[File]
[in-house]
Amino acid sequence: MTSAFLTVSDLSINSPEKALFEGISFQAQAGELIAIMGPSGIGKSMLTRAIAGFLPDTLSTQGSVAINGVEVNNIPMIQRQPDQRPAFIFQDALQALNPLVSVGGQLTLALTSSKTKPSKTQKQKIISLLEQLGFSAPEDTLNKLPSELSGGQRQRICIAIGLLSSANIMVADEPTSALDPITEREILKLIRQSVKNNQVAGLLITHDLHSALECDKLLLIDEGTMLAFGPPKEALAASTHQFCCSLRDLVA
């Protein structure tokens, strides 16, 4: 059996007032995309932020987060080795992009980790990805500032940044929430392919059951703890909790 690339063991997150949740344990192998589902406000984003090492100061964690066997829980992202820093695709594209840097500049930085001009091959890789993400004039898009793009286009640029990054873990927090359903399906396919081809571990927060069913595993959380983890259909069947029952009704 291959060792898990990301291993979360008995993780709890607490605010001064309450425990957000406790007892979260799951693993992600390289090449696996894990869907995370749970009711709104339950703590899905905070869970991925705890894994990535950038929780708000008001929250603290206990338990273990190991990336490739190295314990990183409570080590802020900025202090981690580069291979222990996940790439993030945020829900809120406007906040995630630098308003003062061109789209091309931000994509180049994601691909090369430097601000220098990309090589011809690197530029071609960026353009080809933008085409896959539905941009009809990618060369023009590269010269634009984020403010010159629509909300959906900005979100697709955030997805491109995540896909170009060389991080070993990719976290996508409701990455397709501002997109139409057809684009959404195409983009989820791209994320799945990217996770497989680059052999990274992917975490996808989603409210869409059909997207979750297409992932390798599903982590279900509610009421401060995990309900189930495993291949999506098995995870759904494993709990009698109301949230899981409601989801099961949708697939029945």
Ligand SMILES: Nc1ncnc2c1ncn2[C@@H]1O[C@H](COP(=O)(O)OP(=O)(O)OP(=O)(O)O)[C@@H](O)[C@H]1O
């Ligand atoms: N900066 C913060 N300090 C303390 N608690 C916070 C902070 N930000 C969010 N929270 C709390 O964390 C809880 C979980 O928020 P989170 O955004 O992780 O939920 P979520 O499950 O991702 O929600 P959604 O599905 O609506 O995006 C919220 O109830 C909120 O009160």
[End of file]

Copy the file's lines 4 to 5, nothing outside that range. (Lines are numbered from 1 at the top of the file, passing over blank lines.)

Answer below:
Ligand SMILES: Nc1ncnc2c1ncn2[C@@H]1O[C@H](COP(=O)(O)OP(=O)(O)OP(=O)(O)O)[C@@H](O)[C@H]1O
């Ligand atoms: N900066 C913060 N300090 C303390 N608690 C916070 C902070 N930000 C969010 N929270 C709390 O964390 C809880 C979980 O928020 P989170 O955004 O992780 O939920 P979520 O499950 O991702 O929600 P959604 O599905 O609506 O995006 C919220 O109830 C909120 O009160």